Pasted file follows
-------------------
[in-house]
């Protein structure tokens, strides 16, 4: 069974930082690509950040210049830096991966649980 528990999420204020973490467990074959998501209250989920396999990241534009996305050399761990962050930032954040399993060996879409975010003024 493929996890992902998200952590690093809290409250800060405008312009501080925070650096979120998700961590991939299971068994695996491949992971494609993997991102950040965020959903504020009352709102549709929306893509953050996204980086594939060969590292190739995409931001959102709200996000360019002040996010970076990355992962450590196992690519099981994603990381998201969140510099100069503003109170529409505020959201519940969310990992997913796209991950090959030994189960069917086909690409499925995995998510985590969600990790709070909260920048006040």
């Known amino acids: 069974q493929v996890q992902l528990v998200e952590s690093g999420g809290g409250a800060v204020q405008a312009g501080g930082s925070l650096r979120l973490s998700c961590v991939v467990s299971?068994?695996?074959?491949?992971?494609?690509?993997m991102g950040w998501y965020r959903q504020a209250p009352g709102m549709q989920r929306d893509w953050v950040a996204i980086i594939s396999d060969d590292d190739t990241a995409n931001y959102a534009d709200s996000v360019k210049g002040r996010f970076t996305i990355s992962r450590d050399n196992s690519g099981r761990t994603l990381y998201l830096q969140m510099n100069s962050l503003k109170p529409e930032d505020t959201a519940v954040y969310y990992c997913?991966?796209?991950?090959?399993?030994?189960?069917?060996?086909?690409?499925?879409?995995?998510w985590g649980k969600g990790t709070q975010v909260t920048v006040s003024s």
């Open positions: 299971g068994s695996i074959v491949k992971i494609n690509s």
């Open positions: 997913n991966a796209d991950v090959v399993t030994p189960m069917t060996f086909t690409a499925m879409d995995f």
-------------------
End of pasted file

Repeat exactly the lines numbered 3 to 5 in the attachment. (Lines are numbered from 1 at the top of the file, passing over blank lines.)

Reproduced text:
């Known amino acids: 069974q493929v996890q992902l528990v998200e952590s690093g999420g809290g409250a800060v204020q405008a312009g501080g930082s925070l650096r979120l973490s998700c961590v991939v467990s299971?068994?695996?074959?491949?992971?494609?690509?993997m991102g950040w998501y965020r959903q504020a209250p009352g709102m549709q989920r929306d893509w953050v950040a996204i980086i594939s396999d060969d590292d190739t990241a995409n931001y959102a534009d709200s996000v360019k210049g002040r996010f970076t996305i990355s992962r450590d050399n196992s690519g099981r761990t994603l990381y998201l830096q969140m510099n100069s962050l503003k109170p529409e930032d505020t959201a519940v954040y969310y990992c997913?991966?796209?991950?090959?399993?030994?189960?069917?060996?086909?690409?499925?879409?995995?998510w985590g649980k969600g990790t709070q975010v909260t920048v006040s003024s």
């Open positions: 299971g068994s695996i074959v491949k992971i494609n690509s």
């Open positions: 997913n991966a796209d991950v090959v399993t030994p189960m069917t060996f086909t690409a499925m879409d995995f």